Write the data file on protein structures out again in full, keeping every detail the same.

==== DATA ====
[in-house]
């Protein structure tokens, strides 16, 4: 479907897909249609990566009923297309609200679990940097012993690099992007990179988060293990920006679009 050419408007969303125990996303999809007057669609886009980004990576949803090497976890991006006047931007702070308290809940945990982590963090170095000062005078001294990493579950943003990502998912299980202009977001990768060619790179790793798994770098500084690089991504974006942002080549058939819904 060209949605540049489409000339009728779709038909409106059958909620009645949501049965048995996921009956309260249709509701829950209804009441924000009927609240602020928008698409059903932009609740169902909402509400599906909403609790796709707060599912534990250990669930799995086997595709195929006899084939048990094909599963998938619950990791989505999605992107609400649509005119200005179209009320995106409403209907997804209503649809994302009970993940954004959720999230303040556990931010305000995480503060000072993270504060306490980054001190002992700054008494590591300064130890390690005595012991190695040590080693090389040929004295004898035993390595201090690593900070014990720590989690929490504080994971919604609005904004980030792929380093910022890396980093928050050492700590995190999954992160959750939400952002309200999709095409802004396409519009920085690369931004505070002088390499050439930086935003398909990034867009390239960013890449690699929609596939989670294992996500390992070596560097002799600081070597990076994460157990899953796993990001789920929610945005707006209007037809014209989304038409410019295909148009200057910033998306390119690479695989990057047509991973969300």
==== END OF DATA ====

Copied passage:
[in-house]
């Protein structure tokens, strides 16, 4: 479907897909249609990566009923297309609200679990940097012993690099992007990179988060293990920006679009 050419408007969303125990996303999809007057669609886009980004990576949803090497976890991006006047931007702070308290809940945990982590963090170095000062005078001294990493579950943003990502998912299980202009977001990768060619790179790793798994770098500084690089991504974006942002080549058939819904 060209949605540049489409000339009728779709038909409106059958909620009645949501049965048995996921009956309260249709509701829950209804009441924000009927609240602020928008698409059903932009609740169902909402509400599906909403609790796709707060599912534990250990669930799995086997595709195929006899084939048990094909599963998938619950990791989505999605992107609400649509005119200005179209009320995106409403209907997804209503649809994302009970993940954004959720999230303040556990931010305000995480503060000072993270504060306490980054001190002992700054008494590591300064130890390690005595012991190695040590080693090389040929004295004898035993390595201090690593900070014990720590989690929490504080994971919604609005904004980030792929380093910022890396980093928050050492700590995190999954992160959750939400952002309200999709095409802004396409519009920085690369931004505070002088390499050439930086935003398909990034867009390239960013890449690699929609596939989670294992996500390992070596560097002799600081070597990076994460157990899953796993990001789920929610945005707006209007037809014209989304038409410019295909148009200057910033998306390119690479695989990057047509991973969300």